So, you want to be a Forex trader, but you’re not sure how much to buy and sell when you take a trade. First, you’ll need to understand the concept of “lots”.

Believe me when I say, it can take hours to get to grips with this concept and what the ideal amount to buy or sell is when it comes to Forex…

That’s why today, I thought I’d share my smartie example as a simple way to explain lots.

By the end of this article, you’ll know exactly what a lot size is, what the best lot size to take per trade and how you can start trading….

#### What lot size has to do with a box of smarties…

When you buy a snack size box, you’ll always find around 10 smarties inside.

And if you buy a 50g box, you’ll find 56 individual smarties inside.

Hence the slogan “Whatalotigot”.

Well, the same goes with when you buy a currency pair.
With Forex, you’ll also buy what’s known as a ‘lot’.

A ‘lot’ is basically a fixed contract of a specific amount of units, you’ll buy or sell when you trade Forex.

You get different ‘lot sizes’ like you do with a box of smarties.

Take a look at the below table to see:

As you know there are two currencies required to make up a currency pair.

Take the United States Dollar versus the South African rand (USD/ZAR) for example.

As I type this, it’s trading at R18.95.

This means, when I exchange one US dollar, I’ll receive R18.95.

Or if I want US dollars, I will give them R18.95, and I’ll get one US dollar.

The same goes with trading Forex.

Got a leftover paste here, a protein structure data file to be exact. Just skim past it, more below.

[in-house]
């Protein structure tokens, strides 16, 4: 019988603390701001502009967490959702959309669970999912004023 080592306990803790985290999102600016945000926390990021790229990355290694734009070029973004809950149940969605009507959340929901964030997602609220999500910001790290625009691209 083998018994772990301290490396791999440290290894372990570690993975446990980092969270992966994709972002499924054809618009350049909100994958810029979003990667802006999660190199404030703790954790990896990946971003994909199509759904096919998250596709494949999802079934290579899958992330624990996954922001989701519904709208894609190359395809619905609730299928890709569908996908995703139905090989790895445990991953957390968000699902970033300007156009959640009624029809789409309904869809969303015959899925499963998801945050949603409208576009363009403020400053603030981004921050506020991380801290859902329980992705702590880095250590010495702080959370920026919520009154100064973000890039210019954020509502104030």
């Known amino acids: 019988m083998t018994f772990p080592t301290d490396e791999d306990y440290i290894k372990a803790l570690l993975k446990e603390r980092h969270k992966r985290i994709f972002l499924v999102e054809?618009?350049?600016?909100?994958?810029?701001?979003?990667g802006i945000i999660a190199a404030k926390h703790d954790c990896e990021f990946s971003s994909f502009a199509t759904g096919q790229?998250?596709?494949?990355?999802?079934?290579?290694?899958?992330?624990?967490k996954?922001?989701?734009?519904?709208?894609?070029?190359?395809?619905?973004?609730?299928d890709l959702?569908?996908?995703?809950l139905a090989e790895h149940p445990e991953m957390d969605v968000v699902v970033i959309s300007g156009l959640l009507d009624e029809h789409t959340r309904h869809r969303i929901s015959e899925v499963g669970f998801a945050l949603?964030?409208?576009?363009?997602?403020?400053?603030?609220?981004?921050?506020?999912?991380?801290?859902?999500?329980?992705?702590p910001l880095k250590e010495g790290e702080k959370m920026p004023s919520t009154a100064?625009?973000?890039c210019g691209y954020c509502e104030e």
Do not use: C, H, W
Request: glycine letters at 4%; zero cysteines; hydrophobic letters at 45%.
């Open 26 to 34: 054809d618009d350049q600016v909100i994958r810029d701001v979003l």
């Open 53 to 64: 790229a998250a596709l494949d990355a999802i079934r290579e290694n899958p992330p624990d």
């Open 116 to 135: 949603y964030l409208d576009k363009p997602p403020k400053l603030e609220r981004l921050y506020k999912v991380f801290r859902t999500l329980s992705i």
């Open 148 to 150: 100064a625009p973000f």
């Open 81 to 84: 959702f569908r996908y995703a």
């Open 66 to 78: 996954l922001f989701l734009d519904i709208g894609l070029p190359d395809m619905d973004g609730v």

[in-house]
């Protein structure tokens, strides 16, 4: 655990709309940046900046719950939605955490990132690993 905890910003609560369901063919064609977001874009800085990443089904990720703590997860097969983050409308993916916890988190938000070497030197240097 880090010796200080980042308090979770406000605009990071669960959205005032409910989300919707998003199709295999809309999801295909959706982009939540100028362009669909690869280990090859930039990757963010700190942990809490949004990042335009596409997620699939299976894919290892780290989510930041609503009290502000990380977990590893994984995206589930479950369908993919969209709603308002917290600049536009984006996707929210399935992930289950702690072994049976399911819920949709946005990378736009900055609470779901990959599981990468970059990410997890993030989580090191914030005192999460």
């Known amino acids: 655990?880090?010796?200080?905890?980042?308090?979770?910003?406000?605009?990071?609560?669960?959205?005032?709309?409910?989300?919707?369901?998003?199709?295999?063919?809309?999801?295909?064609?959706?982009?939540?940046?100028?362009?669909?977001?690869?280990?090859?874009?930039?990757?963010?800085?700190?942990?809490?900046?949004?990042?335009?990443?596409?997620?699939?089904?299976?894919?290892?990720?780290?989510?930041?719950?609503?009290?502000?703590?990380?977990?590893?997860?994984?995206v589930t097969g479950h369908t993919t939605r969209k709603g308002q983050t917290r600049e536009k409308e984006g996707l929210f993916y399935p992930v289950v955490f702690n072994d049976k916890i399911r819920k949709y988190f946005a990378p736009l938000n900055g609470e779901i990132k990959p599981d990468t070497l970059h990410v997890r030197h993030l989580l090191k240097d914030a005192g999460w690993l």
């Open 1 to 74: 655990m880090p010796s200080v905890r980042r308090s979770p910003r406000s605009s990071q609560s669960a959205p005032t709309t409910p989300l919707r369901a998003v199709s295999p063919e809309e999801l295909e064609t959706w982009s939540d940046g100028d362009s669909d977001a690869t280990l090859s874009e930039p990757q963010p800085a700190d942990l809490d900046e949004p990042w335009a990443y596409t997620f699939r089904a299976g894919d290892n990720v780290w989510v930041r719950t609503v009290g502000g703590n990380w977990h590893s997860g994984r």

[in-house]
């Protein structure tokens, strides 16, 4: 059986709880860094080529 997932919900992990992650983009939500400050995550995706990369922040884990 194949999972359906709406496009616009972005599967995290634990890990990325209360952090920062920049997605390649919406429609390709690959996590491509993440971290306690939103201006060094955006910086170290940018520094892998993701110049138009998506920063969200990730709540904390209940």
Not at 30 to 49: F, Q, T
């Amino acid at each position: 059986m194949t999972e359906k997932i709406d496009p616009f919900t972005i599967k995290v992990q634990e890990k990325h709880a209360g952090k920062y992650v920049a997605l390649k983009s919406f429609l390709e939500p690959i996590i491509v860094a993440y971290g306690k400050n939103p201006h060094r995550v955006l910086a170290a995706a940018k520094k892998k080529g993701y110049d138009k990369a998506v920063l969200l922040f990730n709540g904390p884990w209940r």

When we buy a USD/ZAR currency pair, you’ll buy 1 unit of the United States dollar and be exposed to R18.95.

However, with Forex trading we can’t just buy 1 unit of the USD/ZAR, we’ll need to buy a bunch of them – hence “lots”.

And so, the minimum units you can buy (for most brokers) is one micro lot.

One Micro lot is equal to 1,000 units of the base (first) currency pair.

In this case, it is the US dollar.

If you buy one micro lot of the USD/ZAR this means you’ll buy 1,000 US dollars and be exposed to R18,950 (1,000 units X R18.95).

NOTE: I always recommend starting off with a small lot size (like micro lots), to manage our risk better with each trade we take.

#### So, what is the best lot size when taking a Forex trade?

Well first, this depends entirely on your portfolio value.

And second, it depends on how much of your portfolio you’re willing to risk per trade.

#### Here’s how to choose your best lot size with a Forex trade

Let’s say you have a R50,000 portfolio and you only want to risk a maximum of 2% (R,1000) in your trade.

Here are the trade specifics:

Currency: USD/ZAR
Action: Buy (go long)
Entry: 18.95
Stop loss: 18.00
Take profit: 20.40

With this information we can now, calculate the number of micro lots you would have bought in your Forex trade.

#### 3 Steps to calculate the number of micro-lots using the 2% rule

Step #1: Calculate the loss in pips

First, we have to found out how many pips we are willing to risk between the entry and stop loss price levels…

Loss in pips = (Entry – Stop loss)
= (R18.9500 – R18.00)
= 0.9500

This means, we’re willing to risk 9,500 pips (10,000 X 0.95) in our trade…

Step #2: Rands risked per micro lot

If you remember in the table, the rands risked per pip (pip value) is R0.10.

This means, every one pip that moves against or for you, you’ll lose or make 10 cents.

And we know that we’re willing to risk 9,500 pips in this trade (step 1).

This means our rands risked per micro lot is R950. (9,500 pips X R0.10)

Step #3: Calculate the number of micro lots

Finally, we have the two values we need to calculate the number of micro lots to buy.

Rands risked per trade = R1,000 (2% of R50,000 portfolio).

Rands risked per micro lot = R950

Now we simply divide the two and we’ll get our answer…

Number of micro lots =

= (Rands risked per trade ÷ Rands risked per micro lot
= (R1,000 ÷ R950)
= 1.05

So, in your platform, you’ll simply type in 1.05 and that’s how many micro lots you’ll need to trade to risk 2% of your R50,000.

Now you know how to calculate the micro lot size when you trade Forex.

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